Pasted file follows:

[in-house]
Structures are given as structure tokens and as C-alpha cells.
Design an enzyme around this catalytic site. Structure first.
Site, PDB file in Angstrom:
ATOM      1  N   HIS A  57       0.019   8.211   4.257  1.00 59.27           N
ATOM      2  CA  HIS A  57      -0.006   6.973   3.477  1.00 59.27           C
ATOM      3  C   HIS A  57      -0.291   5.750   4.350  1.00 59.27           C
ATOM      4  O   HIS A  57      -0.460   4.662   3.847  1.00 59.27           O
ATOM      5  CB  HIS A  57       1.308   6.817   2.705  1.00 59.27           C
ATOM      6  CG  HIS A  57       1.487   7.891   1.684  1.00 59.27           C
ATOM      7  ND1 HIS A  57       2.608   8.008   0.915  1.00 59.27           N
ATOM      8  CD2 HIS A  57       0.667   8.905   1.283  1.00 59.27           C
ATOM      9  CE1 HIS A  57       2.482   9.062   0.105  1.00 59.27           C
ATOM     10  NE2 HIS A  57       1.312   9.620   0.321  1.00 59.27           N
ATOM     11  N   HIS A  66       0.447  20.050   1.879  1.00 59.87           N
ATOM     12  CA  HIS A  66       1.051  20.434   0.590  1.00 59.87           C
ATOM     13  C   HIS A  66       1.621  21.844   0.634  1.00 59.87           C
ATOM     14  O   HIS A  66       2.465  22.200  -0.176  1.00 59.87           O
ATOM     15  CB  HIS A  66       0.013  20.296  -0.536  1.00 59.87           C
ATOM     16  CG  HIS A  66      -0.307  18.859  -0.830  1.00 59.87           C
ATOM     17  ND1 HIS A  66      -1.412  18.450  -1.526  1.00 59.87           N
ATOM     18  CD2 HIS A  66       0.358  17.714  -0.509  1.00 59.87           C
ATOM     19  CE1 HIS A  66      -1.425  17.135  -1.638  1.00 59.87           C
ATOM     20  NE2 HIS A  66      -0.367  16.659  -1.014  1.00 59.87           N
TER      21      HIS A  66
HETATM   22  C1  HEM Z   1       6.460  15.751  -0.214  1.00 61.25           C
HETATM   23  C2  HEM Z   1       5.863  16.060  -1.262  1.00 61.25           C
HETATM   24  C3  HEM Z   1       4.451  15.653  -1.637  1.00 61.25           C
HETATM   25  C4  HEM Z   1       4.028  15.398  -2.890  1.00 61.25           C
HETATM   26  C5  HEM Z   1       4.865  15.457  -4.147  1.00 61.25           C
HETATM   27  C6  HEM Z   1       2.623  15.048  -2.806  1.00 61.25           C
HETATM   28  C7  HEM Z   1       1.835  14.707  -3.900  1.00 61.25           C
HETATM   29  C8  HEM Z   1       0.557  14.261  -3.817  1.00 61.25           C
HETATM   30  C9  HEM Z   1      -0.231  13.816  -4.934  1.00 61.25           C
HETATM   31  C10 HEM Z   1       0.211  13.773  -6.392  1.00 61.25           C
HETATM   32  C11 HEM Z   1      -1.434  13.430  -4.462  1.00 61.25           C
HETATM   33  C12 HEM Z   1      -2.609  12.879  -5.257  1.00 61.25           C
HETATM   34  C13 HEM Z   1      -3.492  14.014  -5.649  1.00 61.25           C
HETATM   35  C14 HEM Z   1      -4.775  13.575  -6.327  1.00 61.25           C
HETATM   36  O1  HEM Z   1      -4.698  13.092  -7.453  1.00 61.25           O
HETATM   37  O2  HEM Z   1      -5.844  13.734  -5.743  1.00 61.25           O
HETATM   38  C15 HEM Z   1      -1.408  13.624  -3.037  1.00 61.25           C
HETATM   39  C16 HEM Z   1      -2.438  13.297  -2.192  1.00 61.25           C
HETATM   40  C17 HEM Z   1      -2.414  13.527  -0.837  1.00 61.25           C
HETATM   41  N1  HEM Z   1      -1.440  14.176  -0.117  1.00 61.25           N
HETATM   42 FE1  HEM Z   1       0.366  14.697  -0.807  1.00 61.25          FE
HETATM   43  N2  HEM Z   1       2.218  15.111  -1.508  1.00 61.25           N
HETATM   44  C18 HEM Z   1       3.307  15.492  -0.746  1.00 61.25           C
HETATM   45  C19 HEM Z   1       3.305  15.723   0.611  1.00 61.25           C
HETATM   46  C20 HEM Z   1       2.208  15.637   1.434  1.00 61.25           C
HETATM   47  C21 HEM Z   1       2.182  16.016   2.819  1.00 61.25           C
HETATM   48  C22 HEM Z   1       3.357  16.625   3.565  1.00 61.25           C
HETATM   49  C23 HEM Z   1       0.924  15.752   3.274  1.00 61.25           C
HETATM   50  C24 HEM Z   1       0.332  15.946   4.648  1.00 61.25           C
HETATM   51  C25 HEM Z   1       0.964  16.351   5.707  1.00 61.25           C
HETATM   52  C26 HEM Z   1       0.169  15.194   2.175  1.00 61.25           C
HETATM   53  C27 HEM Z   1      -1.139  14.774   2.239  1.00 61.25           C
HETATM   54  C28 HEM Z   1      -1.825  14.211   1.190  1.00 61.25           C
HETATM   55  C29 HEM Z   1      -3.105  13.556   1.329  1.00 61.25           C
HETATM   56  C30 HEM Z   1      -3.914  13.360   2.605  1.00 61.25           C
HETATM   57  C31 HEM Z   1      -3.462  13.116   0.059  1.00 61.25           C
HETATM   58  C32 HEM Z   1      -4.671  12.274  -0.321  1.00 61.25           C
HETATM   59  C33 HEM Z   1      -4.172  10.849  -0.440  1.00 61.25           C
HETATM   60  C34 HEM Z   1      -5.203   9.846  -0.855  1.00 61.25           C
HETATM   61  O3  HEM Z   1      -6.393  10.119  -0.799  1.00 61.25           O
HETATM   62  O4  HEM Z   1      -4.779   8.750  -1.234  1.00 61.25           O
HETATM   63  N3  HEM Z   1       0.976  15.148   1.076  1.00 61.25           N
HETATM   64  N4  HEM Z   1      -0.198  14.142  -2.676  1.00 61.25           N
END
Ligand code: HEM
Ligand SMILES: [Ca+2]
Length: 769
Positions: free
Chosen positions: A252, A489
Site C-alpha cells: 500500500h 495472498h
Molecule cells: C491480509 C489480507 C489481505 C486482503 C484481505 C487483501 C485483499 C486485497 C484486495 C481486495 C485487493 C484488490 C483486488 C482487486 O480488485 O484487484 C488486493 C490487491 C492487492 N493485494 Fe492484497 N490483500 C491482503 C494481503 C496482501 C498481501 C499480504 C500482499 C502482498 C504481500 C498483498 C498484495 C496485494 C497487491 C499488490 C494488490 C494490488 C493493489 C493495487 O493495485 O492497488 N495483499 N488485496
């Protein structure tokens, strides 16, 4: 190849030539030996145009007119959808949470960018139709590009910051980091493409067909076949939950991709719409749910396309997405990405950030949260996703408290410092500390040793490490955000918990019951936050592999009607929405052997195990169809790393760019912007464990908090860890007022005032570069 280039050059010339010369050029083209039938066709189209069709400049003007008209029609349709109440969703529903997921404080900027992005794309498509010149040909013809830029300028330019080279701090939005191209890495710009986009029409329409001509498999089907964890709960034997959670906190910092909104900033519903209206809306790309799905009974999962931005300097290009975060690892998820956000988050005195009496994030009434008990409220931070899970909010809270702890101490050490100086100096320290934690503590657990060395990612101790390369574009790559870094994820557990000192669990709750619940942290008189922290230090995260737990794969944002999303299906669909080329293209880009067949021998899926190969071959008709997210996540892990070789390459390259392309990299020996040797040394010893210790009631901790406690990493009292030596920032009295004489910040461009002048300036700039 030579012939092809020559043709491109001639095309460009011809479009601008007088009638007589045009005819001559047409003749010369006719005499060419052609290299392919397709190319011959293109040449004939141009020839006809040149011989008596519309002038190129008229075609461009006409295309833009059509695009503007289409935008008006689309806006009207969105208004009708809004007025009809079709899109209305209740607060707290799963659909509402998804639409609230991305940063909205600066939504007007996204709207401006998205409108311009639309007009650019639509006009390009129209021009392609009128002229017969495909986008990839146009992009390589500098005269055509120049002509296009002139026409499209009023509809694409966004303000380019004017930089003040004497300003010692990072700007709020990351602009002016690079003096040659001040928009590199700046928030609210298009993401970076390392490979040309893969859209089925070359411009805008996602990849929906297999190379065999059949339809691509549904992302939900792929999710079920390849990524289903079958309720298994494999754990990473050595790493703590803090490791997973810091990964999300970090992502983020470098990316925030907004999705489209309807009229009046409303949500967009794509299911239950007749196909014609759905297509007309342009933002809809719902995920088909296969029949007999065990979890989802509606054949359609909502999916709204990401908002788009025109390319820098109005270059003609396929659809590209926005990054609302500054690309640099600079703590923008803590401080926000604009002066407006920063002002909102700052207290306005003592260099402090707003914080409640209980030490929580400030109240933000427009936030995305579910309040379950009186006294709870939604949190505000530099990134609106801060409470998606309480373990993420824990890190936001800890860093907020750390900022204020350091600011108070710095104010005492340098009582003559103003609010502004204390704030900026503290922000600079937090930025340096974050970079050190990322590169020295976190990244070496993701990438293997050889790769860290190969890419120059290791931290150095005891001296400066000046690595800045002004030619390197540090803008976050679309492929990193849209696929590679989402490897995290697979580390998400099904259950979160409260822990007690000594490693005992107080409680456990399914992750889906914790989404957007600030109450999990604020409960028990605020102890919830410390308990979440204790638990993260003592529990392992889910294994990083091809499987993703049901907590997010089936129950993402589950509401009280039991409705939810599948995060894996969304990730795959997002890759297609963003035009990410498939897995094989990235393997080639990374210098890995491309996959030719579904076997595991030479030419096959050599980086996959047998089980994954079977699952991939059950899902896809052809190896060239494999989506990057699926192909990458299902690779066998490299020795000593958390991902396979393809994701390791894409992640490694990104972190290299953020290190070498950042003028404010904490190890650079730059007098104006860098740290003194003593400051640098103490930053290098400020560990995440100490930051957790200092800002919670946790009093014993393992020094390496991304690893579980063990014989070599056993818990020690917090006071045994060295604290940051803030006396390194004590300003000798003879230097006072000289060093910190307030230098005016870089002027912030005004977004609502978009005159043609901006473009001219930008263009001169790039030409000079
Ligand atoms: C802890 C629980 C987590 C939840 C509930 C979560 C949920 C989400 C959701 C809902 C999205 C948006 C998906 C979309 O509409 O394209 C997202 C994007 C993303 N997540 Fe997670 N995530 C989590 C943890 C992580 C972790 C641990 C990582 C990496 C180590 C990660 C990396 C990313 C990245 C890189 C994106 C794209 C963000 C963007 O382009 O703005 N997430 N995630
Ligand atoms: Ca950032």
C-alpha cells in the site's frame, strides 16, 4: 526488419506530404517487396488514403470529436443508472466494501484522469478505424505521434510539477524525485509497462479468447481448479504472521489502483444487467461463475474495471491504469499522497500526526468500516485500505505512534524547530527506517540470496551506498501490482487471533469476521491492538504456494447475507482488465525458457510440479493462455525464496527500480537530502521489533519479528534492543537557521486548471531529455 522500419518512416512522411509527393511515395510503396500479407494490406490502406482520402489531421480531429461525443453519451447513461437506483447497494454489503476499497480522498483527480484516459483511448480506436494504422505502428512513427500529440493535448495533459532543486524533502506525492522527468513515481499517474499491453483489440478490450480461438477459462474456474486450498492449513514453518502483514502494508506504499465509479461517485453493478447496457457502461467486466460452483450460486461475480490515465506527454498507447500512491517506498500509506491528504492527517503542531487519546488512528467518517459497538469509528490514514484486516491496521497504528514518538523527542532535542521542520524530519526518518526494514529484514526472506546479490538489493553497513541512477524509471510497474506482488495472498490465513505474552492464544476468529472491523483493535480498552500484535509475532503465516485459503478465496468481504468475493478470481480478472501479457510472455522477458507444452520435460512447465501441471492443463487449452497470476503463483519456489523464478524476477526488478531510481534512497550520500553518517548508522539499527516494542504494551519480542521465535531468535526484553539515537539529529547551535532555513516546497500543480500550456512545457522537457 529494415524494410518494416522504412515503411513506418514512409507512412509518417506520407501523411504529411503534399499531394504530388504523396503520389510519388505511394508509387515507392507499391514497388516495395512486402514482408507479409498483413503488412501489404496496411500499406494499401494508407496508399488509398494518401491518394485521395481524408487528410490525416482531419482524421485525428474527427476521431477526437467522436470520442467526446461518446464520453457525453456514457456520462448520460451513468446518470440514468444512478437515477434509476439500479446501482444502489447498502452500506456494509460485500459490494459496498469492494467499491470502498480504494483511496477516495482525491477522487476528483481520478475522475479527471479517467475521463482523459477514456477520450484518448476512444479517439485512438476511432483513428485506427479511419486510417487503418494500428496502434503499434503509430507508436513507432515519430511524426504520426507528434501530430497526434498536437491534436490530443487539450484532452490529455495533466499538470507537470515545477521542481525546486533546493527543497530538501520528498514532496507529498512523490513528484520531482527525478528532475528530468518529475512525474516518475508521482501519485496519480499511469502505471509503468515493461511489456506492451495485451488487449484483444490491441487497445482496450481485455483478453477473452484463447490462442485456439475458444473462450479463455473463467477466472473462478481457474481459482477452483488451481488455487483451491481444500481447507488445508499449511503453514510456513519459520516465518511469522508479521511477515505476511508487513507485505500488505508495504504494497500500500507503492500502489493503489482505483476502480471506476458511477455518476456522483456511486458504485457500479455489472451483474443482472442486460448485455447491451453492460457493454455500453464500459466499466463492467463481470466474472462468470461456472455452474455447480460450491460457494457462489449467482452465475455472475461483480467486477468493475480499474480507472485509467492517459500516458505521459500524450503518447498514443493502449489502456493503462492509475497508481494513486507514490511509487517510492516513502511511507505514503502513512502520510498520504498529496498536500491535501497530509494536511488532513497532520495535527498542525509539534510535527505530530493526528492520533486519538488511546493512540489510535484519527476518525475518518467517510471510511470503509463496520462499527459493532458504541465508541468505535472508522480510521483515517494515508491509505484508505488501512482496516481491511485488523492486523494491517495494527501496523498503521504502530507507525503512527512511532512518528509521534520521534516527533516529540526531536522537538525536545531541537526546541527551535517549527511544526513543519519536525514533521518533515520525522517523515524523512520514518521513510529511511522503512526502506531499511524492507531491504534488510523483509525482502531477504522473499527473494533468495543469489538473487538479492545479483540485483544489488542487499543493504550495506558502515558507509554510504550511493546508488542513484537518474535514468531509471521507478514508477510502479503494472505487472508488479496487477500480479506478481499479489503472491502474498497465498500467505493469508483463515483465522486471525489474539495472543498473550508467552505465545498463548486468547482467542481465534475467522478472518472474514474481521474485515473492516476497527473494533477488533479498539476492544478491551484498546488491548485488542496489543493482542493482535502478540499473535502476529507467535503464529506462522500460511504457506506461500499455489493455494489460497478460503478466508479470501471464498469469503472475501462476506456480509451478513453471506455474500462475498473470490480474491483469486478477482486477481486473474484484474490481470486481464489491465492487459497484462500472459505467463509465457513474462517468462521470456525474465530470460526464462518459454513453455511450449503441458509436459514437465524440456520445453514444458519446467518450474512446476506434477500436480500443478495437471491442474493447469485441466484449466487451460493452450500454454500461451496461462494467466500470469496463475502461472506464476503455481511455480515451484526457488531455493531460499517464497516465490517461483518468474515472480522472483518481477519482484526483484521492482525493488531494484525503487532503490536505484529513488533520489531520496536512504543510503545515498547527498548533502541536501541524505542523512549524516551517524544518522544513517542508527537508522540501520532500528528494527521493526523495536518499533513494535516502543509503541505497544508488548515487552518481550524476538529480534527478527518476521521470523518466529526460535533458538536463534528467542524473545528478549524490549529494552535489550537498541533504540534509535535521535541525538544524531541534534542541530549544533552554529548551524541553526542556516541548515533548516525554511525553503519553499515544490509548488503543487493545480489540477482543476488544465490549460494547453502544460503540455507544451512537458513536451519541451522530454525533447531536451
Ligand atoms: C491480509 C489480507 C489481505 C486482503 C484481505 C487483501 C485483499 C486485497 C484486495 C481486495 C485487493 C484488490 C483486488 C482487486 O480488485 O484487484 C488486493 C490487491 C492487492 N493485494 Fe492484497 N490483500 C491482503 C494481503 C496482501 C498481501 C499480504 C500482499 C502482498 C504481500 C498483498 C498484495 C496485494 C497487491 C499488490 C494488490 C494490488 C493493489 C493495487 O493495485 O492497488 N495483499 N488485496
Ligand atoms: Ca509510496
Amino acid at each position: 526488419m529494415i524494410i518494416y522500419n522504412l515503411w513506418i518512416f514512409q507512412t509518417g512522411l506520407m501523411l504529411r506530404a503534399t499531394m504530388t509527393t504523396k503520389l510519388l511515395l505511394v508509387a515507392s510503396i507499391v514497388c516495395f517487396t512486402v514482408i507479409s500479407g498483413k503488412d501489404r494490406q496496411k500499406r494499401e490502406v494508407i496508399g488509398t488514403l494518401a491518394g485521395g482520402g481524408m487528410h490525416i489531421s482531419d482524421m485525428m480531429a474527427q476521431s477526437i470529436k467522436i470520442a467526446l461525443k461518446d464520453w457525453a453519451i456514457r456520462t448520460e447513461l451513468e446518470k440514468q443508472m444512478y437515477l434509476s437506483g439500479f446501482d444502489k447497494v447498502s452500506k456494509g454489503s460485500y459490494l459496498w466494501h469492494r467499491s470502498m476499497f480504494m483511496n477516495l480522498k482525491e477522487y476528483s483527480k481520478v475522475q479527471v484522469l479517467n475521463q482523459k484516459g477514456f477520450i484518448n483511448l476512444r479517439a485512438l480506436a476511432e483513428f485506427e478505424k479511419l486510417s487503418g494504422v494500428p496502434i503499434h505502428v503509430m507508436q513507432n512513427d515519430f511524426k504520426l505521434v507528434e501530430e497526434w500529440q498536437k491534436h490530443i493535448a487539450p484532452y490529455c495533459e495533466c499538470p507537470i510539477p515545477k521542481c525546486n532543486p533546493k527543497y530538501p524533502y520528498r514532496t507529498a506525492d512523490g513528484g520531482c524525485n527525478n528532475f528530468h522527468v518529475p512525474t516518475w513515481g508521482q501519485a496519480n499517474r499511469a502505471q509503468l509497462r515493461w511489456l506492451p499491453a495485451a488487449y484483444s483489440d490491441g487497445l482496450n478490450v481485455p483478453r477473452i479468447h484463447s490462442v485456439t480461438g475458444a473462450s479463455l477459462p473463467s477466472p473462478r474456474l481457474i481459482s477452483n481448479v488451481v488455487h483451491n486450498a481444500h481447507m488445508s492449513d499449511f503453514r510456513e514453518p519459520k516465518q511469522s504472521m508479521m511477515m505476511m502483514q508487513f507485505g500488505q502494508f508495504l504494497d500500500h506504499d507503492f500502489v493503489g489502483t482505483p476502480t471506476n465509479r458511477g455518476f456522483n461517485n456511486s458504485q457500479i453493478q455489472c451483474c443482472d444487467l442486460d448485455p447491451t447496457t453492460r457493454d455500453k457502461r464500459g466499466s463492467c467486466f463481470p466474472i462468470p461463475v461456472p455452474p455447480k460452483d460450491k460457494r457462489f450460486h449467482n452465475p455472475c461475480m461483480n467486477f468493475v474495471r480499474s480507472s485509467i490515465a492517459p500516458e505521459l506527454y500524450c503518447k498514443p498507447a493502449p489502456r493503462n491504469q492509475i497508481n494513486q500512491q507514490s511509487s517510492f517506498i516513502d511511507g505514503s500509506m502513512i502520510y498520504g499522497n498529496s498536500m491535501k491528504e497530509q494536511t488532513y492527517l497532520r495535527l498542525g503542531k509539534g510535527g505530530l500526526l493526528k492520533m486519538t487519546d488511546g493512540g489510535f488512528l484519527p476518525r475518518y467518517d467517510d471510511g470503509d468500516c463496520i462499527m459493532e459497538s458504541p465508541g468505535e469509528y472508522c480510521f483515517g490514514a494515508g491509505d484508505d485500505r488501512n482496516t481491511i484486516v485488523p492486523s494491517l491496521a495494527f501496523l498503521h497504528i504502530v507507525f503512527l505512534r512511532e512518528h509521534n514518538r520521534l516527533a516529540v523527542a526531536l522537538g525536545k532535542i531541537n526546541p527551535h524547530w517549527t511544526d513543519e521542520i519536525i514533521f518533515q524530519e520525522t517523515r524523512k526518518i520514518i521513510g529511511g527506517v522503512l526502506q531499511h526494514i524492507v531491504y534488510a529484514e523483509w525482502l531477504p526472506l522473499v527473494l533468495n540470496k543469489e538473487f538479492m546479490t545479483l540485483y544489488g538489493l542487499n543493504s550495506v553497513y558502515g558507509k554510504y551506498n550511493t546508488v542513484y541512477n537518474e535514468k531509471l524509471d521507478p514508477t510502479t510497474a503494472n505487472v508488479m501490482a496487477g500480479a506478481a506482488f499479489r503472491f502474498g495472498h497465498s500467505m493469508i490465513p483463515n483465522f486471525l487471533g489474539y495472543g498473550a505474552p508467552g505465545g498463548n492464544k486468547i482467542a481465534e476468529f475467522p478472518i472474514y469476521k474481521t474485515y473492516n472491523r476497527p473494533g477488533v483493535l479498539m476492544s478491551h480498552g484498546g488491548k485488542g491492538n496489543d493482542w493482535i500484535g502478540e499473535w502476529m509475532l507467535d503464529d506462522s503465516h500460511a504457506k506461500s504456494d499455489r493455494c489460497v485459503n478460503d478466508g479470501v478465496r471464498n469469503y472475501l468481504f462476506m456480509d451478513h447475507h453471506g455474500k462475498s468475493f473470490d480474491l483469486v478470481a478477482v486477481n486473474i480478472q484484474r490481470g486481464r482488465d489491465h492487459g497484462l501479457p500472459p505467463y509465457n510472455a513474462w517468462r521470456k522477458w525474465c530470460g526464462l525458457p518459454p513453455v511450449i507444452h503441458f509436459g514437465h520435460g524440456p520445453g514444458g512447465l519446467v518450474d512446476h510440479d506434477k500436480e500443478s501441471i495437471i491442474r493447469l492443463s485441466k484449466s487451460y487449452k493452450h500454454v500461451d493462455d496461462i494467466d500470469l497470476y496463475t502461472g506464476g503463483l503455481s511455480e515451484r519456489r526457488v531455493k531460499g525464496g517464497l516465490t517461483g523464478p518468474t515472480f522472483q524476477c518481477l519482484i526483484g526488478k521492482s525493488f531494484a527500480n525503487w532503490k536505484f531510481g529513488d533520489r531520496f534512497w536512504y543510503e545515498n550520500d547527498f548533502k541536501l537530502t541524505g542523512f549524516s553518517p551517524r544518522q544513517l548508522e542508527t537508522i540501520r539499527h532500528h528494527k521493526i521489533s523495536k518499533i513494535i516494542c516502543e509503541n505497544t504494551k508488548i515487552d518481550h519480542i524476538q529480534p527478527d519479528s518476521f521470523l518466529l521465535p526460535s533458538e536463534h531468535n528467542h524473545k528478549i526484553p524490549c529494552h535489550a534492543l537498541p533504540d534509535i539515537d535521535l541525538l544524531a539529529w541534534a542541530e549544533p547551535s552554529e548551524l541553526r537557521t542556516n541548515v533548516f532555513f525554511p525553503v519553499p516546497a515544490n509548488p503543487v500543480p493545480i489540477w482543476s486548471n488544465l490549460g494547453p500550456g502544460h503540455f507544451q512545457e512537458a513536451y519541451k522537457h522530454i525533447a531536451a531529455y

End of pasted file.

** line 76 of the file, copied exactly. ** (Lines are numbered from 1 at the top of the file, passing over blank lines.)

Molecule cells: C491480509 C489480507 C489481505 C486482503 C484481505 C487483501 C485483499 C486485497 C484486495 C481486495 C485487493 C484488490 C483486488 C482487486 O480488485 O484487484 C488486493 C490487491 C492487492 N493485494 Fe492484497 N490483500 C491482503 C494481503 C496482501 C498481501 C499480504 C500482499 C502482498 C504481500 C498483498 C498484495 C496485494 C497487491 C499488490 C494488490 C494490488 C493493489 C493495487 O493495485 O492497488 N495483499 N488485496